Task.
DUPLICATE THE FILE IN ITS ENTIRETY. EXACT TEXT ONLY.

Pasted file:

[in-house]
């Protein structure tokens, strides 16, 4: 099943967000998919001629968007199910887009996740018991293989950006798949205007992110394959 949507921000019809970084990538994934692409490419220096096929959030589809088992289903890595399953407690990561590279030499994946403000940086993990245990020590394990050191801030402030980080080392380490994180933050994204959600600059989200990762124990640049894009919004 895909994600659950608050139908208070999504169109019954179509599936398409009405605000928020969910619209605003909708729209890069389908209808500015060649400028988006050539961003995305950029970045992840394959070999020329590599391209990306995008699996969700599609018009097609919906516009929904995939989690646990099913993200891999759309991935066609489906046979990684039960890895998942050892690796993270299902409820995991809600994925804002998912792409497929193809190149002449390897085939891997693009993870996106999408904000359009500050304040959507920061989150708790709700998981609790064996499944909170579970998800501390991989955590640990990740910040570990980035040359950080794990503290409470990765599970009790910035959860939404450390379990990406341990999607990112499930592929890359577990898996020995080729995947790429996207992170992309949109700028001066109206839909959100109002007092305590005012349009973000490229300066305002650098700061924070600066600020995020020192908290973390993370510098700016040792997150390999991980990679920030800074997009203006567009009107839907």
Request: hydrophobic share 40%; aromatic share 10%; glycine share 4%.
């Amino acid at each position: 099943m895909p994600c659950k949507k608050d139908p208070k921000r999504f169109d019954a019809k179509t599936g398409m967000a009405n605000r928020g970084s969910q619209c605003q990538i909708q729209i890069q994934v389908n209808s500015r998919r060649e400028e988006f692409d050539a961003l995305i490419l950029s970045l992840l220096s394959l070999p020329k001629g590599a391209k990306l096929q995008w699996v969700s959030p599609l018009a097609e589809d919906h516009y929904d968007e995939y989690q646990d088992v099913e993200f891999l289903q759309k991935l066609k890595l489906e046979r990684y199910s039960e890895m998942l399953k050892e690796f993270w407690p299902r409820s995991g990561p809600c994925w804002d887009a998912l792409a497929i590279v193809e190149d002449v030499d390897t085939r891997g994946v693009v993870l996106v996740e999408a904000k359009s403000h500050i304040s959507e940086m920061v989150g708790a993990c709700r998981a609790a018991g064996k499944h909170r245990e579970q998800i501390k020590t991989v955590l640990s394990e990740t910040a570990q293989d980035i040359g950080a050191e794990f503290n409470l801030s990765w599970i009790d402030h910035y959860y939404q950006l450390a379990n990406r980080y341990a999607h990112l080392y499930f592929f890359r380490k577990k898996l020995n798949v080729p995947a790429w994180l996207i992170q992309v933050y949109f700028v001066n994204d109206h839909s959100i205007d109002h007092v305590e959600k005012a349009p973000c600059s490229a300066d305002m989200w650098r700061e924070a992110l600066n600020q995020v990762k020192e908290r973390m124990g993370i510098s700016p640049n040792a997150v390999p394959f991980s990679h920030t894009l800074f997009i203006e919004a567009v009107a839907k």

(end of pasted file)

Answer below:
[in-house]
């Protein structure tokens, strides 16, 4: 099943967000998919001629968007199910887009996740018991293989950006798949205007992110394959 949507921000019809970084990538994934692409490419220096096929959030589809088992289903890595399953407690990561590279030499994946403000940086993990245990020590394990050191801030402030980080080392380490994180933050994204959600600059989200990762124990640049894009919004 895909994600659950608050139908208070999504169109019954179509599936398409009405605000928020969910619209605003909708729209890069389908209808500015060649400028988006050539961003995305950029970045992840394959070999020329590599391209990306995008699996969700599609018009097609919906516009929904995939989690646990099913993200891999759309991935066609489906046979990684039960890895998942050892690796993270299902409820995991809600994925804002998912792409497929193809190149002449390897085939891997693009993870996106999408904000359009500050304040959507920061989150708790709700998981609790064996499944909170579970998800501390991989955590640990990740910040570990980035040359950080794990503290409470990765599970009790910035959860939404450390379990990406341990999607990112499930592929890359577990898996020995080729995947790429996207992170992309949109700028001066109206839909959100109002007092305590005012349009973000490229300066305002650098700061924070600066600020995020020192908290973390993370510098700016040792997150390999991980990679920030800074997009203006567009009107839907």
Request: hydrophobic share 40%; aromatic share 10%; glycine share 4%.
């Amino acid at each position: 099943m895909p994600c659950k949507k608050d139908p208070k921000r999504f169109d019954a019809k179509t599936g398409m967000a009405n605000r928020g970084s969910q619209c605003q990538i909708q729209i890069q994934v389908n209808s500015r998919r060649e400028e988006f692409d050539a961003l995305i490419l950029s970045l992840l220096s394959l070999p020329k001629g590599a391209k990306l096929q995008w699996v969700s959030p599609l018009a097609e589809d919906h516009y929904d968007e995939y989690q646990d088992v099913e993200f891999l289903q759309k991935l066609k890595l489906e046979r990684y199910s039960e890895m998942l399953k050892e690796f993270w407690p299902r409820s995991g990561p809600c994925w804002d887009a998912l792409a497929i590279v193809e190149d002449v030499d390897t085939r891997g994946v693009v993870l996106v996740e999408a904000k359009s403000h500050i304040s959507e940086m920061v989150g708790a993990c709700r998981a609790a018991g064996k499944h909170r245990e579970q998800i501390k020590t991989v955590l640990s394990e990740t910040a570990q293989d980035i040359g950080a050191e794990f503290n409470l801030s990765w599970i009790d402030h910035y959860y939404q950006l450390a379990n990406r980080y341990a999607h990112l080392y499930f592929f890359r380490k577990k898996l020995n798949v080729p995947a790429w994180l996207i992170q992309v933050y949109f700028v001066n994204d109206h839909s959100i205007d109002h007092v305590e959600k005012a349009p973000c600059s490229a300066d305002m989200w650098r700061e924070a992110l600066n600020q995020v990762k020192e908290r973390m124990g993370i510098s700016p640049n040792a997150v390999p394959f991980s990679h920030t894009l800074f997009i203006e919004a567009v009107a839907k």